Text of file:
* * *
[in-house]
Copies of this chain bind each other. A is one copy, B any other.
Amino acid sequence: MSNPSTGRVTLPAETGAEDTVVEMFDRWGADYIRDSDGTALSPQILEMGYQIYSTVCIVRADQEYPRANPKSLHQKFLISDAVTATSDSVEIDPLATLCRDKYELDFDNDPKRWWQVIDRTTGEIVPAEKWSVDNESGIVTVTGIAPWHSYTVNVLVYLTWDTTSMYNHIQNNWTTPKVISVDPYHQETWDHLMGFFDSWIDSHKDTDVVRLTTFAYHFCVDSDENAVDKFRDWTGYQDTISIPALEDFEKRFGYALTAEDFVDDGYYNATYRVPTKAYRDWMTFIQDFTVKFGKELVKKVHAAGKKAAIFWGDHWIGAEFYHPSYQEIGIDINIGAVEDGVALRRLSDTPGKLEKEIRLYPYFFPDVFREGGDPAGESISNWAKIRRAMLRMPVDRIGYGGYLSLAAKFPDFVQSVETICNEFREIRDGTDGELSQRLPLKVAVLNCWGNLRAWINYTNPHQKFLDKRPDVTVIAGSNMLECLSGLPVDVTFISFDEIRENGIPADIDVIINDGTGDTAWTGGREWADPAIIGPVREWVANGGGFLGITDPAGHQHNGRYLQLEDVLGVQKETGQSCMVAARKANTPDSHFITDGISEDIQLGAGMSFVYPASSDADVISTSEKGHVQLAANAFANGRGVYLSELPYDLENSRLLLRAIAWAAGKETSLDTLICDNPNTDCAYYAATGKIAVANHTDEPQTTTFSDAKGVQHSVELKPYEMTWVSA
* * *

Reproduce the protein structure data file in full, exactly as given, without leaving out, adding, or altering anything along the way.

[in-house]
Copies of this chain bind each other. A is one copy, B any other.
Amino acid sequence: MSNPSTGRVTLPAETGAEDTVVEMFDRWGADYIRDSDGTALSPQILEMGYQIYSTVCIVRADQEYPRANPKSLHQKFLISDAVTATSDSVEIDPLATLCRDKYELDFDNDPKRWWQVIDRTTGEIVPAEKWSVDNESGIVTVTGIAPWHSYTVNVLVYLTWDTTSMYNHIQNNWTTPKVISVDPYHQETWDHLMGFFDSWIDSHKDTDVVRLTTFAYHFCVDSDENAVDKFRDWTGYQDTISIPALEDFEKRFGYALTAEDFVDDGYYNATYRVPTKAYRDWMTFIQDFTVKFGKELVKKVHAAGKKAAIFWGDHWIGAEFYHPSYQEIGIDINIGAVEDGVALRRLSDTPGKLEKEIRLYPYFFPDVFREGGDPAGESISNWAKIRRAMLRMPVDRIGYGGYLSLAAKFPDFVQSVETICNEFREIRDGTDGELSQRLPLKVAVLNCWGNLRAWINYTNPHQKFLDKRPDVTVIAGSNMLECLSGLPVDVTFISFDEIRENGIPADIDVIINDGTGDTAWTGGREWADPAIIGPVREWVANGGGFLGITDPAGHQHNGRYLQLEDVLGVQKETGQSCMVAARKANTPDSHFITDGISEDIQLGAGMSFVYPASSDADVISTSEKGHVQLAANAFANGRGVYLSELPYDLENSRLLLRAIAWAAGKETSLDTLICDNPNTDCAYYAATGKIAVANHTDEPQTTTFSDAKGVQHSVELKPYEMTWVSA